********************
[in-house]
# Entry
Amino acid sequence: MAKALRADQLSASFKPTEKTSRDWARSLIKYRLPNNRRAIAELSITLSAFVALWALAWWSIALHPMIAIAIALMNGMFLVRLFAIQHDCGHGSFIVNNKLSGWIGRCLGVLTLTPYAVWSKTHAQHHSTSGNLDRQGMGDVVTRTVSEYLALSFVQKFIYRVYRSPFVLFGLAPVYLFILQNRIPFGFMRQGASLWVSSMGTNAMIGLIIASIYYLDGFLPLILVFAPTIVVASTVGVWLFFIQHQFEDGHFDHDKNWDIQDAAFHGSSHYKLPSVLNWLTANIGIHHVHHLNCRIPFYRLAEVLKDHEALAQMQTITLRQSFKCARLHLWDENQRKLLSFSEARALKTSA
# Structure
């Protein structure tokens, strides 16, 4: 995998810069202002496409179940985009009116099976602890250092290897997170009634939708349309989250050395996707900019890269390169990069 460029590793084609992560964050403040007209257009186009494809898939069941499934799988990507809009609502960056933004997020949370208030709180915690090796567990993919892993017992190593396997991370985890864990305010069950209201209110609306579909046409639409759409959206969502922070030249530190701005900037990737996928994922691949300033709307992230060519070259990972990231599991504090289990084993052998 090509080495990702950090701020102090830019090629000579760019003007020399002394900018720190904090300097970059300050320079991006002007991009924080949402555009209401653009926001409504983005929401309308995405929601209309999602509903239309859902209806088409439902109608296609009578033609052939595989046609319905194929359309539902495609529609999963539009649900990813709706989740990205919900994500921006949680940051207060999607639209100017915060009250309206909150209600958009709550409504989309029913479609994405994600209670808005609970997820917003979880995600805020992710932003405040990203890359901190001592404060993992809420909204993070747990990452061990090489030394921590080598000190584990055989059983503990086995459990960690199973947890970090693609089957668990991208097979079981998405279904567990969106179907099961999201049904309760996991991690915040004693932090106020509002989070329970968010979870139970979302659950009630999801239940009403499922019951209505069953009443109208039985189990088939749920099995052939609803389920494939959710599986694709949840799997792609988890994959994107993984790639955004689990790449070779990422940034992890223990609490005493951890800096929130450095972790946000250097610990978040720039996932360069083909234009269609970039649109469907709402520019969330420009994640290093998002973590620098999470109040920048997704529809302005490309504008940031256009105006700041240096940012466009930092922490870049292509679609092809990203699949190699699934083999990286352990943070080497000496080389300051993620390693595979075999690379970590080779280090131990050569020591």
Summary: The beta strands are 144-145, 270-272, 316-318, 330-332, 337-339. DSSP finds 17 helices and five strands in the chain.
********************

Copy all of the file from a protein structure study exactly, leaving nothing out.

[in-house]
# Entry
Amino acid sequence: MAKALRADQLSASFKPTEKTSRDWARSLIKYRLPNNRRAIAELSITLSAFVALWALAWWSIALHPMIAIAIALMNGMFLVRLFAIQHDCGHGSFIVNNKLSGWIGRCLGVLTLTPYAVWSKTHAQHHSTSGNLDRQGMGDVVTRTVSEYLALSFVQKFIYRVYRSPFVLFGLAPVYLFILQNRIPFGFMRQGASLWVSSMGTNAMIGLIIASIYYLDGFLPLILVFAPTIVVASTVGVWLFFIQHQFEDGHFDHDKNWDIQDAAFHGSSHYKLPSVLNWLTANIGIHHVHHLNCRIPFYRLAEVLKDHEALAQMQTITLRQSFKCARLHLWDENQRKLLSFSEARALKTSA
# Structure
């Protein structure tokens, strides 16, 4: 995998810069202002496409179940985009009116099976602890250092290897997170009634939708349309989250050395996707900019890269390169990069 460029590793084609992560964050403040007209257009186009494809898939069941499934799988990507809009609502960056933004997020949370208030709180915690090796567990993919892993017992190593396997991370985890864990305010069950209201209110609306579909046409639409759409959206969502922070030249530190701005900037990737996928994922691949300033709307992230060519070259990972990231599991504090289990084993052998 090509080495990702950090701020102090830019090629000579760019003007020399002394900018720190904090300097970059300050320079991006002007991009924080949402555009209401653009926001409504983005929401309308995405929601209309999602509903239309859902209806088409439902109608296609009578033609052939595989046609319905194929359309539902495609529609999963539009649900990813709706989740990205919900994500921006949680940051207060999607639209100017915060009250309206909150209600958009709550409504989309029913479609994405994600209670808005609970997820917003979880995600805020992710932003405040990203890359901190001592404060993992809420909204993070747990990452061990090489030394921590080598000190584990055989059983503990086995459990960690199973947890970090693609089957668990991208097979079981998405279904567990969106179907099961999201049904309760996991991690915040004693932090106020509002989070329970968010979870139970979302659950009630999801239940009403499922019951209505069953009443109208039985189990088939749920099995052939609803389920494939959710599986694709949840799997792609988890994959994107993984790639955004689990790449070779990422940034992890223990609490005493951890800096929130450095972790946000250097610990978040720039996932360069083909234009269609970039649109469907709402520019969330420009994640290093998002973590620098999470109040920048997704529809302005490309504008940031256009105006700041240096940012466009930092922490870049292509679609092809990203699949190699699934083999990286352990943070080497000496080389300051993620390693595979075999690379970590080779280090131990050569020591």
Summary: The beta strands are 144-145, 270-272, 316-318, 330-332, 337-339. DSSP finds 17 helices and five strands in the chain.